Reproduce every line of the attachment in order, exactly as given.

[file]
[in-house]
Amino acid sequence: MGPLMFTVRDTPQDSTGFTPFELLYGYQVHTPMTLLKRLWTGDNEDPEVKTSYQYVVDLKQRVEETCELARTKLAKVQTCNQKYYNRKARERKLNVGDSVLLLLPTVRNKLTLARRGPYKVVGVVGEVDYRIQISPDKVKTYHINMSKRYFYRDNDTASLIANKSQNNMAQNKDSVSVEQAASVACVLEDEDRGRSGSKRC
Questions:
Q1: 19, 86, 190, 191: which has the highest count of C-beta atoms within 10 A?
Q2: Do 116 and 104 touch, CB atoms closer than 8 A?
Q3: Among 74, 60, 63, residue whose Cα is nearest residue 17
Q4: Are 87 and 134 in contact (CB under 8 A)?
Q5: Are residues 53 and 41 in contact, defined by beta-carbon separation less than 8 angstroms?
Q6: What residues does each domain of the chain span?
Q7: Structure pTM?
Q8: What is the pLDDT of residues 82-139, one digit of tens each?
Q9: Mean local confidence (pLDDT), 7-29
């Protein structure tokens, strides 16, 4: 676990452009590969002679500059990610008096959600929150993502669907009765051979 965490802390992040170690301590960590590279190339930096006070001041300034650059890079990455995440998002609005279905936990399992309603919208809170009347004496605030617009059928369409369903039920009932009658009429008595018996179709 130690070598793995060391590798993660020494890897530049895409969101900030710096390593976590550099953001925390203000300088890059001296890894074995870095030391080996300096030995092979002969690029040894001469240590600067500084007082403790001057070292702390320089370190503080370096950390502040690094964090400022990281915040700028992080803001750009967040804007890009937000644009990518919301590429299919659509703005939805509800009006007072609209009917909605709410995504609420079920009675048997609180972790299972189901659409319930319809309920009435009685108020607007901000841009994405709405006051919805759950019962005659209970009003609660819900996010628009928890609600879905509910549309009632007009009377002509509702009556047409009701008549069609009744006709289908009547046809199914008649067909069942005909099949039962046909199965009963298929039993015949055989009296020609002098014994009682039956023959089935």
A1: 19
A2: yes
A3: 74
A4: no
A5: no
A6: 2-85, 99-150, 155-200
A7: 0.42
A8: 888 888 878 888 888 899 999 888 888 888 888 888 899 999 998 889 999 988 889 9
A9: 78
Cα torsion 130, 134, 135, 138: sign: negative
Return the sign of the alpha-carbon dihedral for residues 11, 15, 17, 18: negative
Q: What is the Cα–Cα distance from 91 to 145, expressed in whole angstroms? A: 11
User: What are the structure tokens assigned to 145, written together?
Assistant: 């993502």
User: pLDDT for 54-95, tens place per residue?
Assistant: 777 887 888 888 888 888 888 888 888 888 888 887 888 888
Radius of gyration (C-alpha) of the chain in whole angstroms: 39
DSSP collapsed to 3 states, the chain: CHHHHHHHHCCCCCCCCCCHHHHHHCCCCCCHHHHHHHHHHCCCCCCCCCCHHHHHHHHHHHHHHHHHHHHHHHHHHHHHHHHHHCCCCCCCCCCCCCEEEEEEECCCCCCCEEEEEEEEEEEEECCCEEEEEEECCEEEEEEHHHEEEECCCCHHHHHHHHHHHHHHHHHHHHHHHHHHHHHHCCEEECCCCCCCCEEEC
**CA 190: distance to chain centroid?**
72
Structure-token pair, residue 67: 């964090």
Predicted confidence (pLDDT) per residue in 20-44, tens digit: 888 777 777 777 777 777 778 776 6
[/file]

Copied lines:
[in-house]
Amino acid sequence: MGPLMFTVRDTPQDSTGFTPFELLYGYQVHTPMTLLKRLWTGDNEDPEVKTSYQYVVDLKQRVEETCELARTKLAKVQTCNQKYYNRKARERKLNVGDSVLLLLPTVRNKLTLARRGPYKVVGVVGEVDYRIQISPDKVKTYHINMSKRYFYRDNDTASLIANKSQNNMAQNKDSVSVEQAASVACVLEDEDRGRSGSKRC
Questions:
Q1: 19, 86, 190, 191: which has the highest count of C-beta atoms within 10 A?
Q2: Do 116 and 104 touch, CB atoms closer than 8 A?
Q3: Among 74, 60, 63, residue whose Cα is nearest residue 17
Q4: Are 87 and 134 in contact (CB under 8 A)?
Q5: Are residues 53 and 41 in contact, defined by beta-carbon separation less than 8 angstroms?
Q6: What residues does each domain of the chain span?
Q7: Structure pTM?
Q8: What is the pLDDT of residues 82-139, one digit of tens each?
Q9: Mean local confidence (pLDDT), 7-29
């Protein structure tokens, strides 16, 4: 676990452009590969002679500059990610008096959600929150993502669907009765051979 965490802390992040170690301590960590590279190339930096006070001041300034650059890079990455995440998002609005279905936990399992309603919208809170009347004496605030617009059928369409369903039920009932009658009429008595018996179709 130690070598793995060391590798993660020494890897530049895409969101900030710096390593976590550099953001925390203000300088890059001296890894074995870095030391080996300096030995092979002969690029040894001469240590600067500084007082403790001057070292702390320089370190503080370096950390502040690094964090400022990281915040700028992080803001750009967040804007890009937000644009990518919301590429299919659509703005939805509800009006007072609209009917909605709410995504609420079920009675048997609180972790299972189901659409319930319809309920009435009685108020607007901000841009994405709405006051919805759950019962005659209970009003609660819900996010628009928890609600879905509910549309009632007009009377002509509702009556047409009701008549069609009744006709289908009547046809199914008649067909069942005909099949039962046909199965009963298929039993015949055989009296020609002098014994009682039956023959089935």
A1: 19
A2: yes
A3: 74
A4: no
A5: no
A6: 2-85, 99-150, 155-200
A7: 0.42
A8: 888 888 878 888 888 899 999 888 888 888 888 888 899 999 998 889 999 988 889 9
A9: 78
Cα torsion 130, 134, 135, 138: sign: negative
Return the sign of the alpha-carbon dihedral for residues 11, 15, 17, 18: negative
Q: What is the Cα–Cα distance from 91 to 145, expressed in whole angstroms? A: 11
User: What are the structure tokens assigned to 145, written together?
Assistant: 């993502």
User: pLDDT for 54-95, tens place per residue?
Assistant: 777 887 888 888 888 888 888 888 888 888 888 887 888 888
Radius of gyration (C-alpha) of the chain in whole angstroms: 39
DSSP collapsed to 3 states, the chain: CHHHHHHHHCCCCCCCCCCHHHHHHCCCCCCHHHHHHHHHHCCCCCCCCCCHHHHHHHHHHHHHHHHHHHHHHHHHHHHHHHHHHCCCCCCCCCCCCCEEEEEEECCCCCCCEEEEEEEEEEEEECCCEEEEEEECCEEEEEEHHHEEEECCCCHHHHHHHHHHHHHHHHHHHHHHHHHHHHHHCCEEECCCCCCCCEEEC
**CA 190: distance to chain centroid?**
72
Structure-token pair, residue 67: 């964090």
Predicted confidence (pLDDT) per residue in 20-44, tens digit: 888 777 777 777 777 777 778 776 6